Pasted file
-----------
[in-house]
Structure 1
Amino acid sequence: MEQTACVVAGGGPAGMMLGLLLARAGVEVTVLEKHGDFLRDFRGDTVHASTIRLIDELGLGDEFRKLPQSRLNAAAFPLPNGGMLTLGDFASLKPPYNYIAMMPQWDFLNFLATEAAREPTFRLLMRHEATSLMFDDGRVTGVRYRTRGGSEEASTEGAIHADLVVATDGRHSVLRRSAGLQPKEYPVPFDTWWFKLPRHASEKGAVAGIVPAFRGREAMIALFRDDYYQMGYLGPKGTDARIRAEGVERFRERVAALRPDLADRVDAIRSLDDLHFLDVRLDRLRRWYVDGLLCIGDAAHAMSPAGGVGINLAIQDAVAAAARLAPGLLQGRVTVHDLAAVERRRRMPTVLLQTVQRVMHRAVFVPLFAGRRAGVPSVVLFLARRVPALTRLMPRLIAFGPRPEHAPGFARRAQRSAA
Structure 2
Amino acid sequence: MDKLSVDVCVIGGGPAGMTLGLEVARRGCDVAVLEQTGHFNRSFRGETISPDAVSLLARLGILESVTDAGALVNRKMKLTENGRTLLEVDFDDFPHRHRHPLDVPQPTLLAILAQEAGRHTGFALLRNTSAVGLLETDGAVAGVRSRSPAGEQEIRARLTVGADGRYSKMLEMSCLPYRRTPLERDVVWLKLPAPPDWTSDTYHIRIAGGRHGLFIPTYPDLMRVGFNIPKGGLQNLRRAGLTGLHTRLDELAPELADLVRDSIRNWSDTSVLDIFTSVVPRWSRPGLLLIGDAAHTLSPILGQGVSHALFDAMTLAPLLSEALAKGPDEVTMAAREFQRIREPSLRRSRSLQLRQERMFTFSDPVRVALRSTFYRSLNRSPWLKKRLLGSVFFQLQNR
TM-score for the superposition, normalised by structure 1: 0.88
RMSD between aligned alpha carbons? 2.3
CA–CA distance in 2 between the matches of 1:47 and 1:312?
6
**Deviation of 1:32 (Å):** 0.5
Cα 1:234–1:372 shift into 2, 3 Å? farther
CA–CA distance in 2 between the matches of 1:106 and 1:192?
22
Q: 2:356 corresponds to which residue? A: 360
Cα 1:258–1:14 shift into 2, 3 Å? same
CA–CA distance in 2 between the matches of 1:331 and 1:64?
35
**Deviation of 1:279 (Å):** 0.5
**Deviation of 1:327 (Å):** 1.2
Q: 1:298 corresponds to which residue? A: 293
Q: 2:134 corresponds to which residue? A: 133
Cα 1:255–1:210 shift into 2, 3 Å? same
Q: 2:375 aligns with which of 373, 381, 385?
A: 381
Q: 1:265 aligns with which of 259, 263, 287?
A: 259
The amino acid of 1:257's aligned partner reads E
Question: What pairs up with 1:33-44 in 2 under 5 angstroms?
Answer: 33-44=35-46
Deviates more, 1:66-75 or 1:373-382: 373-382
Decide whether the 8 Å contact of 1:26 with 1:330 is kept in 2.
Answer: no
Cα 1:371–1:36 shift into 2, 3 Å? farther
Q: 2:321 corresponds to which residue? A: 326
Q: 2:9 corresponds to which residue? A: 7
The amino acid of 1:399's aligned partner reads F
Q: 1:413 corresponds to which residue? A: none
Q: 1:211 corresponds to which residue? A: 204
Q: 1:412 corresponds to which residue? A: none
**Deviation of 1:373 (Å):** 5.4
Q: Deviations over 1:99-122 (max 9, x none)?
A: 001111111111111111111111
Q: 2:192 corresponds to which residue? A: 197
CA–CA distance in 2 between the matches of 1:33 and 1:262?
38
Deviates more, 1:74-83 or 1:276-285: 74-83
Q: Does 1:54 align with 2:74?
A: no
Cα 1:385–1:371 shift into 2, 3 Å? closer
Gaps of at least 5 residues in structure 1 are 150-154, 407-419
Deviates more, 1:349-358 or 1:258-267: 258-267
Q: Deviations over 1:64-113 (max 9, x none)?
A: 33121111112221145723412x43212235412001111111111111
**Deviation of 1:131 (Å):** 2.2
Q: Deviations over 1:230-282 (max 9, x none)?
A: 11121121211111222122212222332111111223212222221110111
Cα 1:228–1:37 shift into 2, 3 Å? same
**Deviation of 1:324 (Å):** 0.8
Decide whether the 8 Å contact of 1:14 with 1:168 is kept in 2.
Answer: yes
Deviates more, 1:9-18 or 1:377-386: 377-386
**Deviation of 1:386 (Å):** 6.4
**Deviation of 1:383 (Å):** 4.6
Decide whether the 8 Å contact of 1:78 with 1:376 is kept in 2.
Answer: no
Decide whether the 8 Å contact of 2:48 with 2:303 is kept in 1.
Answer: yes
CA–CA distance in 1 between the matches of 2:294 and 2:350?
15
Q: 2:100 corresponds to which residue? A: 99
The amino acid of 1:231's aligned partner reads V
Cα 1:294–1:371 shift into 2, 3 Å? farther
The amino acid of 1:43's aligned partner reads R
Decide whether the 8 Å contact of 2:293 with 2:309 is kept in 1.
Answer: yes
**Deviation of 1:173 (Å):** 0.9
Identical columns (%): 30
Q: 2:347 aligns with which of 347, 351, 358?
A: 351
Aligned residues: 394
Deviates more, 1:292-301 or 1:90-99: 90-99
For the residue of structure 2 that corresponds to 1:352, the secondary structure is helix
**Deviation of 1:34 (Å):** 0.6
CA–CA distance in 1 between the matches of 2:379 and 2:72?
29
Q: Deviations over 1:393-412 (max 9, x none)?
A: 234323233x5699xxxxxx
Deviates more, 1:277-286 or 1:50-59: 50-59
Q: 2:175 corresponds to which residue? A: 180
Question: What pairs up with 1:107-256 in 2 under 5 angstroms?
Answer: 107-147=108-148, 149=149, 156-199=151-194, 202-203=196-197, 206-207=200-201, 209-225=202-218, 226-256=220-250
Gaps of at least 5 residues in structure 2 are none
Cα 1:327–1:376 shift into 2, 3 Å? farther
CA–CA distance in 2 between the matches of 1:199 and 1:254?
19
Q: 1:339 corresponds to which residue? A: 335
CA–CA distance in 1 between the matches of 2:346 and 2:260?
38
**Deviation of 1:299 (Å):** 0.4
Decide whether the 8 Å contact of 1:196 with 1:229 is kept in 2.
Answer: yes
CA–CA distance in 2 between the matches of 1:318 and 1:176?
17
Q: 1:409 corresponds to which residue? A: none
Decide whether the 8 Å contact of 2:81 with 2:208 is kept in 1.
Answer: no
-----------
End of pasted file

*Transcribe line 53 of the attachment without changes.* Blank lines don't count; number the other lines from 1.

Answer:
A: 33121111112221145723412x43212235412001111111111111